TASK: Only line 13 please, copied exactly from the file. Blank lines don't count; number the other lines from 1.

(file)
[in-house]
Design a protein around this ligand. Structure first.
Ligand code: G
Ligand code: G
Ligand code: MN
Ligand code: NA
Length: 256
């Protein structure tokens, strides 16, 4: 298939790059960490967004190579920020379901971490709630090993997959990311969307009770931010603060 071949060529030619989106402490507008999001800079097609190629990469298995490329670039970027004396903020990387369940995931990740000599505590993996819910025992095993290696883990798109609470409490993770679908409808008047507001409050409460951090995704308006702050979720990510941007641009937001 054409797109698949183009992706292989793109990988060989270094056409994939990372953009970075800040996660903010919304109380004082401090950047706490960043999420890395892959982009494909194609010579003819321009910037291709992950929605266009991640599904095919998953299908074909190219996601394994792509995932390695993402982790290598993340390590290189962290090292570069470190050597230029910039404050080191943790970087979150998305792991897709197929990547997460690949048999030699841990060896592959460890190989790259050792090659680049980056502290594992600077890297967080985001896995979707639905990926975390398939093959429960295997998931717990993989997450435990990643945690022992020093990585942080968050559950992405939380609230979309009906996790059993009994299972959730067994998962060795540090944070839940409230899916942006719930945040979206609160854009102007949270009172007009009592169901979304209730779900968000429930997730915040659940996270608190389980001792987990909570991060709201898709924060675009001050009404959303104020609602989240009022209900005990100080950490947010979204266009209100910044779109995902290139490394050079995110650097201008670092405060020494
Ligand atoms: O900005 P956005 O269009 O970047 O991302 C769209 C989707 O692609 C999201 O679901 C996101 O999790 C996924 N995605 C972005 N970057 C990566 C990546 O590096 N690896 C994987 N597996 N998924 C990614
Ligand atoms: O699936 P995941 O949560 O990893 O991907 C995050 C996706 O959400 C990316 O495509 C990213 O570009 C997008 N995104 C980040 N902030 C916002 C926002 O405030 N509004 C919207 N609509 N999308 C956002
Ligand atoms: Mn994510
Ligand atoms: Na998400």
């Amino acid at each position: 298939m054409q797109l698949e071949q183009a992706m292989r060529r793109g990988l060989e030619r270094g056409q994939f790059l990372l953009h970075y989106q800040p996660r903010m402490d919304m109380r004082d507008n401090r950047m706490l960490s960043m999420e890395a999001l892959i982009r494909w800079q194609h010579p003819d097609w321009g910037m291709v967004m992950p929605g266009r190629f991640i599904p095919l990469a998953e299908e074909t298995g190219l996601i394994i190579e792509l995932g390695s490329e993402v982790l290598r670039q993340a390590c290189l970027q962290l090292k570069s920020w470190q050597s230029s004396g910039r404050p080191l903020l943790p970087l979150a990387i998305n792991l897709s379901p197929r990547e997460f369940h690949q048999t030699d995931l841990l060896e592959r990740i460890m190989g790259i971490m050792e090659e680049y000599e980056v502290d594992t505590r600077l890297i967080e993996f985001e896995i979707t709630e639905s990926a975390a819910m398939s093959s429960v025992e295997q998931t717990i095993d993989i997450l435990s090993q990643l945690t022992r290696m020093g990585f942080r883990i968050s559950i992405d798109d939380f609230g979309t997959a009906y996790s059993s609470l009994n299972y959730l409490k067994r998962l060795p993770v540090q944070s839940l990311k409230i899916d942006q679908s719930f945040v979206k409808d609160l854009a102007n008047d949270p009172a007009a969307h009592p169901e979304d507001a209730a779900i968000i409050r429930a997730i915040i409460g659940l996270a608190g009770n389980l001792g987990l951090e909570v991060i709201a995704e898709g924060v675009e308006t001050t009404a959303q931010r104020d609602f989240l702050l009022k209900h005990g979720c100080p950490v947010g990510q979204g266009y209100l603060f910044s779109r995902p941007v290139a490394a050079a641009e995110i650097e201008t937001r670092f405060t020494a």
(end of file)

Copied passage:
């Amino acid at each position: 298939m054409q797109l698949e071949q183009a992706m292989r060529r793109g990988l060989e030619r270094g056409q994939f790059l990372l953009h970075y989106q800040p996660r903010m402490d919304m109380r004082d507008n401090r950047m706490l960490s960043m999420e890395a999001l892959i982009r494909w800079q194609h010579p003819d097609w321009g910037m291709v967004m992950p929605g266009r190629f991640i599904p095919l990469a998953e299908e074909t298995g190219l996601i394994i190579e792509l995932g390695s490329e993402v982790l290598r670039q993340a390590c290189l970027q962290l090292k570069s920020w470190q050597s230029s004396g910039r404050p080191l903020l943790p970087l979150a990387i998305n792991l897709s379901p197929r990547e997460f369940h690949q048999t030699d995931l841990l060896e592959r990740i460890m190989g790259i971490m050792e090659e680049y000599e980056v502290d594992t505590r600077l890297i967080e993996f985001e896995i979707t709630e639905s990926a975390a819910m398939s093959s429960v025992e295997q998931t717990i095993d993989i997450l435990s090993q990643l945690t022992r290696m020093g990585f942080r883990i968050s559950i992405d798109d939380f609230g979309t997959a009906y996790s059993s609470l009994n299972y959730l409490k067994r998962l060795p993770v540090q944070s839940l990311k409230i899916d942006q679908s719930f945040v979206k409808d609160l854009a102007n008047d949270p009172a007009a969307h009592p169901e979304d507001a209730a779900i968000i409050r429930a997730i915040i409460g659940l996270a608190g009770n389980l001792g987990l951090e909570v991060i709201a995704e898709g924060v675009e308006t001050t009404a959303q931010r104020d609602f989240l702050l009022k209900h005990g979720c100080p950490v947010g990510q979204g266009y209100l603060f910044s779109r995902p941007v290139a490394a050079a641009e995110i650097e201008t937001r670092f405060t020494a």